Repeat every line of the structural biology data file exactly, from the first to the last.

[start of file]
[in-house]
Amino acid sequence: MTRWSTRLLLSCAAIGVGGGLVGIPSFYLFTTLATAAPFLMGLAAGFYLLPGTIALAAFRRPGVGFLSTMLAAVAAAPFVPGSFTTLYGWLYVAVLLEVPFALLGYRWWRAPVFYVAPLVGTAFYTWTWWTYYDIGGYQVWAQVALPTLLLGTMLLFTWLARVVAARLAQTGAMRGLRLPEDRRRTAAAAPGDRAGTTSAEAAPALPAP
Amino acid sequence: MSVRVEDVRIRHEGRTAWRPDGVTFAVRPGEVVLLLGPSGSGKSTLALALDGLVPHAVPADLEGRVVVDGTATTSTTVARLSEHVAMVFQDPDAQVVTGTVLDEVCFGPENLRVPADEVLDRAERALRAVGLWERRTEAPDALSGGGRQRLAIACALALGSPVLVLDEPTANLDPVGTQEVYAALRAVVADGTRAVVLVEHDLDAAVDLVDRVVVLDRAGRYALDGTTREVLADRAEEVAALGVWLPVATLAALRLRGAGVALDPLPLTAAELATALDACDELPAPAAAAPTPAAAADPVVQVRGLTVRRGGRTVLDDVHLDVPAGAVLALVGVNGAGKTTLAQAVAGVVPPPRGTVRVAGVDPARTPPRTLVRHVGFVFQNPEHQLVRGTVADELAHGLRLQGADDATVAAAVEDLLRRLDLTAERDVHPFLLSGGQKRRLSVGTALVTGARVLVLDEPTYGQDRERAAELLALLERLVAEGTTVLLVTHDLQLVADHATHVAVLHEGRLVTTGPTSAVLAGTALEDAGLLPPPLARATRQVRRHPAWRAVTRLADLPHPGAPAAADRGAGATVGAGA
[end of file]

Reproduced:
[in-house]
Amino acid sequence: MTRWSTRLLLSCAAIGVGGGLVGIPSFYLFTTLATAAPFLMGLAAGFYLLPGTIALAAFRRPGVGFLSTMLAAVAAAPFVPGSFTTLYGWLYVAVLLEVPFALLGYRWWRAPVFYVAPLVGTAFYTWTWWTYYDIGGYQVWAQVALPTLLLGTMLLFTWLARVVAARLAQTGAMRGLRLPEDRRRTAAAAPGDRAGTTSAEAAPALPAP
Amino acid sequence: MSVRVEDVRIRHEGRTAWRPDGVTFAVRPGEVVLLLGPSGSGKSTLALALDGLVPHAVPADLEGRVVVDGTATTSTTVARLSEHVAMVFQDPDAQVVTGTVLDEVCFGPENLRVPADEVLDRAERALRAVGLWERRTEAPDALSGGGRQRLAIACALALGSPVLVLDEPTANLDPVGTQEVYAALRAVVADGTRAVVLVEHDLDAAVDLVDRVVVLDRAGRYALDGTTREVLADRAEEVAALGVWLPVATLAALRLRGAGVALDPLPLTAAELATALDACDELPAPAAAAPTPAAAADPVVQVRGLTVRRGGRTVLDDVHLDVPAGAVLALVGVNGAGKTTLAQAVAGVVPPPRGTVRVAGVDPARTPPRTLVRHVGFVFQNPEHQLVRGTVADELAHGLRLQGADDATVAAAVEDLLRRLDLTAERDVHPFLLSGGQKRRLSVGTALVTGARVLVLDEPTYGQDRERAAELLALLERLVAEGTTVLLVTHDLQLVADHATHVAVLHEGRLVTTGPTSAVLAGTALEDAGLLPPPLARATRQVRRHPAWRAVTRLADLPHPGAPAAADRGAGATVGAGA